Great cooking is all about chemistry. It also can be all about teamwork as three Dominican University students will show during an international competition in San Juan, Puerto Rico this week.
Dylan Donovan, Morganne Schmidt and Joseph Oh comprise one of four teams to cook up an indigenous-themed dessert in the International Student Culinology competition. They will be making their gold-standard dessert – a dessert that can be served in a high-end restaurant – on March 16.
The contest is sponsored by the Research Chefs Association, a professional community for food research and development. Its members are the pioneers of the discipline of culinology, the blending of culinary arts and the science of food. Dominican is one of 16 institutions with the program.
In 1.45 hours, including 15 minutes for set up, the trio will prepare six servings of Brazo Gitano, a spiced sponge cake filled with guava paste, coquito cream cheese (a Puerto Rican version of eggnog) and garnished with confectioner's sugar.
The dessert is drizzled with passion fruit gel and garnished with a guava half, topped with pieces of fried plantains and coconut meringue. In addition to flour, sugar, beaten egg whites to make it rise and egg yolks, the cake contains cinnamon, nutmeg and cloves.
They also have to talk about how to prepare a commercial version of the dish for 500,000. The team had to tailor the gold standard ingredients to manufacturing capabilities and explain how they came up with ways to replicate the coconut rum, egg yolks and egg whites.
The commercial version will not be prepared in San Juan, but was made in advance. Six samples will be shipped frozen to San Juan. They will be judged on how alike the two versions are. The chefs also had to create and design the packaging for the commercial version.
The competition is a labor of love and has been since the three decided last fall to join the competition. They are not getting class credit for this, but because they wanted to participate, Donovan said.
Coming up with a product took a lot of research; then it took a lot of refinement. They looked around the Humboldt Park neighborhood, visited Puerto Rican grocery stores and restaurants, looked through cookbooks, talked with Puerto Rican faculty and had them weigh in on ideas.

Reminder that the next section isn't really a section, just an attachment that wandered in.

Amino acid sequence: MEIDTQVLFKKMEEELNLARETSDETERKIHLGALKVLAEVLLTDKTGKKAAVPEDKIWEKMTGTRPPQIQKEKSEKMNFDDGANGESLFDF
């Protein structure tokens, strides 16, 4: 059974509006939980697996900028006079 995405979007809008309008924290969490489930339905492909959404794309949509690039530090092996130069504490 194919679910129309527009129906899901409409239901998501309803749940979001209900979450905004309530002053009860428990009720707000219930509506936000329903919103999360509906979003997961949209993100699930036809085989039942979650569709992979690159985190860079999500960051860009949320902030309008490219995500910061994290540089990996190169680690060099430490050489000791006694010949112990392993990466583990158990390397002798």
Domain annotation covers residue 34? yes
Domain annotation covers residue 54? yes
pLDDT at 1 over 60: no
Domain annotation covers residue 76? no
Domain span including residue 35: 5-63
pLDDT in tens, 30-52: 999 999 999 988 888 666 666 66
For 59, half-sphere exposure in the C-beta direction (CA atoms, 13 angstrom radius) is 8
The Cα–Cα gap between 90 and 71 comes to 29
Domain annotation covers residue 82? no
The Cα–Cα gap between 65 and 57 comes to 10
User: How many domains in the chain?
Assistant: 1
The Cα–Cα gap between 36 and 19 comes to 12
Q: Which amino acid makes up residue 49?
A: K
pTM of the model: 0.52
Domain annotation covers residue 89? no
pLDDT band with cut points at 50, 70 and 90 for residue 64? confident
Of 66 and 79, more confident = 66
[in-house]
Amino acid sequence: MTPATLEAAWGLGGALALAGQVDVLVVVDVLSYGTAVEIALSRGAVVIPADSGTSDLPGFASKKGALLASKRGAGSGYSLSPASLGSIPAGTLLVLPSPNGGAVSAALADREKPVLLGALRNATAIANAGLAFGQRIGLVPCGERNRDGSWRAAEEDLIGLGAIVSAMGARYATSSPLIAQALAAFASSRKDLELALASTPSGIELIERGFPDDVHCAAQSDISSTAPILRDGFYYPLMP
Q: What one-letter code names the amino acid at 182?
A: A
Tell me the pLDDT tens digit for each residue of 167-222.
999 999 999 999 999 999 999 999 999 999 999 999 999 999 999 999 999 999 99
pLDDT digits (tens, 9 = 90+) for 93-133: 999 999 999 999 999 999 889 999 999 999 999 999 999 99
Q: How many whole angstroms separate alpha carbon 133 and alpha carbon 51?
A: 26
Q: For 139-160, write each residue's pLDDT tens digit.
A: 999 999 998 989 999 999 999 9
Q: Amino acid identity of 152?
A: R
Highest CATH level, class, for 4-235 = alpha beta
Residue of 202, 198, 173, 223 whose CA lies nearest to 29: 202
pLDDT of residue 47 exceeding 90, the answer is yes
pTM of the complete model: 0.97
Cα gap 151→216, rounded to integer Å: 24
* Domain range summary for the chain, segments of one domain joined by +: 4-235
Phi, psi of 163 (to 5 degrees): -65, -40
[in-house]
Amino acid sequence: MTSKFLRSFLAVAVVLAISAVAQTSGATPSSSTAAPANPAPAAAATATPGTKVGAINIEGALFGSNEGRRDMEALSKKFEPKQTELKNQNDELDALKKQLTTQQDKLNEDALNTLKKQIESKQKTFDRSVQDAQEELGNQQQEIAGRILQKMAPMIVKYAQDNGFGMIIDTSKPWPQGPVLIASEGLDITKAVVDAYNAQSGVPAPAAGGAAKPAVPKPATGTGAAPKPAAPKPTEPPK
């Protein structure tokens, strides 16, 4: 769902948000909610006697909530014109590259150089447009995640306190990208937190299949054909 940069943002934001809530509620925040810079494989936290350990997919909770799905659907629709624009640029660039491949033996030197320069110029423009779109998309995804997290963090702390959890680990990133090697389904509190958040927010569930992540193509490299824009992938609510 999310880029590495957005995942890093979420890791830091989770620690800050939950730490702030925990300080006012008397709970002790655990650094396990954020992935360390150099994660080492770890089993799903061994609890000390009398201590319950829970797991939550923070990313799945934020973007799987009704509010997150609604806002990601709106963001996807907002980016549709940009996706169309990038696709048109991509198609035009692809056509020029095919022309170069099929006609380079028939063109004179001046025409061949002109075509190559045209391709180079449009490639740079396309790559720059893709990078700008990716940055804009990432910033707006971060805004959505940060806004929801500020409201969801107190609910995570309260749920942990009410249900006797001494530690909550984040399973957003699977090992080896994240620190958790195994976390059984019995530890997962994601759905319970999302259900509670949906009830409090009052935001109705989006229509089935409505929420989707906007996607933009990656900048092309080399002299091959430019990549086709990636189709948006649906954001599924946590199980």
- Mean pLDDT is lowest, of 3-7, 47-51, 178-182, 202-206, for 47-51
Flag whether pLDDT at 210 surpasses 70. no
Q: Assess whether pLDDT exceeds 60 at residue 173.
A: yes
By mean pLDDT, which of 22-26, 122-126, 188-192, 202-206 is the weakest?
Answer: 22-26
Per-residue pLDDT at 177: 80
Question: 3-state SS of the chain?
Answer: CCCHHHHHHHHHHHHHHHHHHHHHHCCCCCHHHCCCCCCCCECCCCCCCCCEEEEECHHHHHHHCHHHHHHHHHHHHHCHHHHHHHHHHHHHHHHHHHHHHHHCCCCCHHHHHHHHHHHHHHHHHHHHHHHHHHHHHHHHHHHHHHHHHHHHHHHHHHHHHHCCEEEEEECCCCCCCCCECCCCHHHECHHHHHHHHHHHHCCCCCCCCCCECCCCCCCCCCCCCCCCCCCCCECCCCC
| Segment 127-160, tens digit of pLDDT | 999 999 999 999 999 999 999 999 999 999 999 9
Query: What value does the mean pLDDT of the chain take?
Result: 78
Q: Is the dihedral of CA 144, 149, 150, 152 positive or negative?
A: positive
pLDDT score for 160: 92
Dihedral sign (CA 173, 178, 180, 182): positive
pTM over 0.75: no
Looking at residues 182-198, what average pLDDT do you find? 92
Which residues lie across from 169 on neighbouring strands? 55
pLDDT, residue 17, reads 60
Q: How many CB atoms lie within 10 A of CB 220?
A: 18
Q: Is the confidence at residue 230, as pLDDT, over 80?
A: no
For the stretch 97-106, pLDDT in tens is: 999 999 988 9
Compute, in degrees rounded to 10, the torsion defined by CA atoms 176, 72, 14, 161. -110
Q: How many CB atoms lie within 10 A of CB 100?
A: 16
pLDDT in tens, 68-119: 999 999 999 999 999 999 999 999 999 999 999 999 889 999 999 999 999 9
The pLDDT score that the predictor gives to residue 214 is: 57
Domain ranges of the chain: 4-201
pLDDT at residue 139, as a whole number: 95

"We got inspired by doing this," Donovan said.
After deciding on their approach, they started meeting 10 hours a week every week for four to five months. They refined the product to get it just right, making sure it had the right amount of spices, the egg whites were beaten just right and everything melded perfectly. Donovan said.
"We would think about the last version and used the scientific method to keep track of what we changed and changed a variable [ingredient] and just kept refining it until it was just right," said Donovan.
The chefs tweaked the dish about 20 times to try to create the best product, balance sugar and flavors and make sure they all worked together, Oh said. Along the way, they had to prepare a 21-page proposal, create and design the packaging for the commercial version.
They heard in mid-January they would compete. Before the competition, they had to pack up all the pots and pans and mixers they'd need, and six of the commercial samples, Oh said.
"Shipping it there is almost equally as challenging as the onsite competition," Donovan said. "We have to make sure there's enough ice. It's pretty hot and humid down there and we don't want it to go bad."
The competition will be high-pressure. When they're there, each chef will have a different task. Donovan prepares a lot of items on the stove top, poaching the guava fruit and making the coquito cream cheese.
Schmidt will prepare the cake. "To make sure it comes out perfectly," she said, "you don't want them to be overbeaten."
She'll also make the coconut frozen yogurt for the poached guava.
"The time to make that is out of the bounds of the competition, so we're bringing our already frozen version," Schmidt said.
Oh will prepare the coconut meringue and the fried plantain chips.
"I've dabbled in sushi so I will be rolling the cake making sure it's nice and circled," Oh said.
Just being able to take part has been a great experience, Donovan said, who earned a degree in culinary and hospitality at a technical school in Muskegon before coming to Dominican.
"It helped me balance all the culinary skills that I would not have if I hadn't been part of the competition," said Donovan, whose family was in the catering business outside Detroit and worked at a hotel in Grand Rapids, Michigan. "I learned a lot about cooking and baking that I didn't know before."
Schmidt, whose background is in chemistry, learned a lot on "all levels."
"I also learned a lot about Puerto Rican cuisine, that's so cool. This has been awesome," said Schmidt, whose mother, a baker, taught her a lot. Schmidt hails from the Chicago area.
For Oh, the competition has been great hands-on experience.
"This is what I'll be doing out in the field," said Oh, who got a culinary arts degree at Kendall College and had some experience at Chicago's Peninsula Hotel. "I learned to do a lot of different things and put a Puerto Rican spin on things."
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